Tune in to our radio show on your local public radio station, or sign up for the podcast and listen at your leisure. Here’s what it’s about:

When the American College of Cardiology and the American Heart Association announced its new guidelines for prescribing statin drugs to prevent heart disease, they were greeted as a big advance. Before long, though, analysts began to question whether they would really help those who need them most, or whether the guidelines would lead to significant overprescribing. We talk with cardiologist Steve Nissen of the Cleveland Clinic to get his take on this big controversy.

For the past several decades, most people have been warned not to eat too many nuts. These high-fat snacks would be bad for the blood vessels, according to conventional wisdom. But evidence from thousands of health professionals suggests that people who eat nuts several times a week live longer healthier lives than those who avoid them. Are these data believable? How should we approach nutrition flip-flops?

Cold and flu season has begun. What are the best ways to cope with seasonal respiratory infections? We’ll offer our favorite home remedies (including chicken soup!) and welcome yours.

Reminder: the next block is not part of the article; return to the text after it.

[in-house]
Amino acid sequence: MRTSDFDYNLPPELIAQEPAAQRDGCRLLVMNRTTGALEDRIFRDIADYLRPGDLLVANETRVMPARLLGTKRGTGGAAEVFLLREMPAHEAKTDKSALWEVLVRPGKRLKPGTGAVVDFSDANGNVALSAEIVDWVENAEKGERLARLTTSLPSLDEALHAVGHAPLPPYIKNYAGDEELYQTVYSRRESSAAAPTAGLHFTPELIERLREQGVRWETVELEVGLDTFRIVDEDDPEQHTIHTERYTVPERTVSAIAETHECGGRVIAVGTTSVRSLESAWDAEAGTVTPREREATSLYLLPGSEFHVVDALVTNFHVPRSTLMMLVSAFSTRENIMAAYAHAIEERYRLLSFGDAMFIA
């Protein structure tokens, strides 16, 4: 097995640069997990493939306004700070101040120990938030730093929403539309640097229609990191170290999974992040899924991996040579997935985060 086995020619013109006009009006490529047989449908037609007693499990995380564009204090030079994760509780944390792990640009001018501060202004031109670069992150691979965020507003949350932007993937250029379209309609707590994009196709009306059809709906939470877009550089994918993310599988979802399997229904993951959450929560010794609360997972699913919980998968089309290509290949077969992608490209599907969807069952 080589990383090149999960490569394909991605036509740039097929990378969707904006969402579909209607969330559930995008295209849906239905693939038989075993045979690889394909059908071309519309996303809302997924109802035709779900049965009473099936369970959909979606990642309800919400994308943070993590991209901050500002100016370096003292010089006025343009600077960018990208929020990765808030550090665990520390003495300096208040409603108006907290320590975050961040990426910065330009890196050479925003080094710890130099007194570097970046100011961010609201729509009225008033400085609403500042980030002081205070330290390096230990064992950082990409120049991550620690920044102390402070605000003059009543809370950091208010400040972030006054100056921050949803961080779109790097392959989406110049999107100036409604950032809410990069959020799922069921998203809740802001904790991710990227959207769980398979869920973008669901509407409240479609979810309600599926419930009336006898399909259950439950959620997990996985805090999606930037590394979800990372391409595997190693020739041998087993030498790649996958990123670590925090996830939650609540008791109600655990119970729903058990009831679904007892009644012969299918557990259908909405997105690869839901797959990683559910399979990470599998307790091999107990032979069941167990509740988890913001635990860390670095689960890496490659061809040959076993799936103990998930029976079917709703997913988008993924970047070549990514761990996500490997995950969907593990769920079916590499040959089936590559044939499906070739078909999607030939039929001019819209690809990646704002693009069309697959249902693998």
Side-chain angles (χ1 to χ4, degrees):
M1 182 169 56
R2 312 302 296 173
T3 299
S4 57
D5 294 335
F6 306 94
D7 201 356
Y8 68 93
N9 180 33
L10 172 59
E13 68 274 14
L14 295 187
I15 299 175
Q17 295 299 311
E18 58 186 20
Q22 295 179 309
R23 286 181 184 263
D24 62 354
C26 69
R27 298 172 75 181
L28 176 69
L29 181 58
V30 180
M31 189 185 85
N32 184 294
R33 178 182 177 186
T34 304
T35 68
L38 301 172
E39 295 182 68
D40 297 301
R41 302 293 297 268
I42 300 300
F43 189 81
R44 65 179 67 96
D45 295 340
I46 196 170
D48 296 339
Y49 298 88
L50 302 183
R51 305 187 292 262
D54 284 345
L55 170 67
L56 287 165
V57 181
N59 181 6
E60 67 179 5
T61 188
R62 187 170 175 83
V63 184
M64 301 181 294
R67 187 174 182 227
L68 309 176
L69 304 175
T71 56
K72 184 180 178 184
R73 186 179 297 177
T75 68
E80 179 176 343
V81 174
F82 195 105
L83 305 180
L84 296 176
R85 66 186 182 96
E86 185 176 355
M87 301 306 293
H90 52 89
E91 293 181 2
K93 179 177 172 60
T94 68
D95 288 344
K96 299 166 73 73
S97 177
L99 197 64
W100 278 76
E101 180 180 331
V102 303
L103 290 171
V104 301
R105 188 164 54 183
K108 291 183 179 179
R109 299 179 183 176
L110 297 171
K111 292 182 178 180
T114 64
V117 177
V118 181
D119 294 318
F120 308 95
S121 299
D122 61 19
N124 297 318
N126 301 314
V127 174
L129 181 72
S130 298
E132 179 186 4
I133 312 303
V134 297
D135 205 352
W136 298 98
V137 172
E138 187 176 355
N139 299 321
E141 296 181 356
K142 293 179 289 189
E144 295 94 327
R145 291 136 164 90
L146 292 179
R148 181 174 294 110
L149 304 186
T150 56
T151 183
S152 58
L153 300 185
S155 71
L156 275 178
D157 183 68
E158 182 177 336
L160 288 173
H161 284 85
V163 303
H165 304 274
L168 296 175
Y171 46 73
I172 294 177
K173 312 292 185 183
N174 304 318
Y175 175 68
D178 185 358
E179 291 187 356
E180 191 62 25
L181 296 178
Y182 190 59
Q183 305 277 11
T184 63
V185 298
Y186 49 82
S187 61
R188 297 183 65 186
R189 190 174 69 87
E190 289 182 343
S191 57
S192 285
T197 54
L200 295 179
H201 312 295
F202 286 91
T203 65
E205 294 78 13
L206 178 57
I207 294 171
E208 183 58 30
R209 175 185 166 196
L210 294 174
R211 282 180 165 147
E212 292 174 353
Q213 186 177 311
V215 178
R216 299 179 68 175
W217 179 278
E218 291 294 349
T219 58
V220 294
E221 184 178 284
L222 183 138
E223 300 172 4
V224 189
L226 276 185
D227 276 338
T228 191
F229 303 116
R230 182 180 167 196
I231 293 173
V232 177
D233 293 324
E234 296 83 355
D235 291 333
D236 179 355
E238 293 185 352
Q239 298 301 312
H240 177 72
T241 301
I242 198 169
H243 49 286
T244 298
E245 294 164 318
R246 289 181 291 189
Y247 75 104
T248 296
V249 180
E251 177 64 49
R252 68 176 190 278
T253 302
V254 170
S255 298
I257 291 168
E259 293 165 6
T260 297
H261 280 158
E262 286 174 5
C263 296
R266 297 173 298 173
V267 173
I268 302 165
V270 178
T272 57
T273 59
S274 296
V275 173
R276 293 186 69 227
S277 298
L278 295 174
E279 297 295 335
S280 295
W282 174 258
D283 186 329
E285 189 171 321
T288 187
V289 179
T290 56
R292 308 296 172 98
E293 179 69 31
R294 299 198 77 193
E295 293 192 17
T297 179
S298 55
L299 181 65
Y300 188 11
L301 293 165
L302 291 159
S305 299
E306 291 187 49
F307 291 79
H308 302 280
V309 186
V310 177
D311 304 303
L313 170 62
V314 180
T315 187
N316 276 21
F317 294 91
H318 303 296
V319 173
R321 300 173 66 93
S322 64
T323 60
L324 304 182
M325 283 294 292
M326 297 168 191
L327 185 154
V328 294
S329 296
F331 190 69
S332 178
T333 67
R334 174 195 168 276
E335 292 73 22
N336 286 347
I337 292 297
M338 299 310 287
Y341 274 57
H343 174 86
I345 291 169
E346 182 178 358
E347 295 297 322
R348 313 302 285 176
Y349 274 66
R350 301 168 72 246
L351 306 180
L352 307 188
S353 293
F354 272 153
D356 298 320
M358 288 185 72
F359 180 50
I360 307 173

Call in your questions and comments at 888-472-3366 or email radio@peoplespharmacy.com between 7 and 8 am EDT.

Guests: Steven Nissen, MD, is chairman of the Robert and Suzanne Tomsich Department of Cardiovascular Medicine at the Cleveland Clinic. He is the co-author, with Mark Gillinov, MD, of Heart 411: The Only Guide to Heart Health You’ll Ever Need.

Christopher Gardner, PhD, is Director of Nutrition Studies at the Stanford Prevention Research Center and Professor of Medicine at Stanford University. The photo is of Dr. Gardner. His delicious Gypsy Soup recipe can be found in our book, Recipes & Remedies From The People’s Pharmacy. 

Tieraona Low Dog, MD, is Director of Fellowship for the Arizona Center for Integrative Medicine and Clinical Associate Professor of Medicine at the University of Arizona. She has served as Chair of the United States Pharmacopeia Dietary Supplements–Botanicals Expert Committee and on the White House Commission on Complementary and Alternative Medicine. Her website is www.drlowdog.com

The podcast of this program will be available the Monday after the broadcast date. The show can be streamed online from this site and podcasts can be downloaded for free for four weeks after the date of broadcast. After that time has passed, digital downloads are available for $2.99. CDs may be purchased at any time after broadcast for $9.99.

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  1. KL
    Reply

    Great post. I don’t agree with the fiber though. High fiber is for horses, cows, goats, gorillas…incidentally all with those big bellies to accommodate such stuff as well as large feces volume, and some with gas. Low fiber is for dogs, cats, wolves, coyotes…incidentally all who have slim bellies, scanty feces and no gas (if not fed man made corn based diets). I am not so convinced that humans are supposed to eat that much fiber and have bellies like gorillas. We are not fermentation vats.

  2. Robert Dixon DC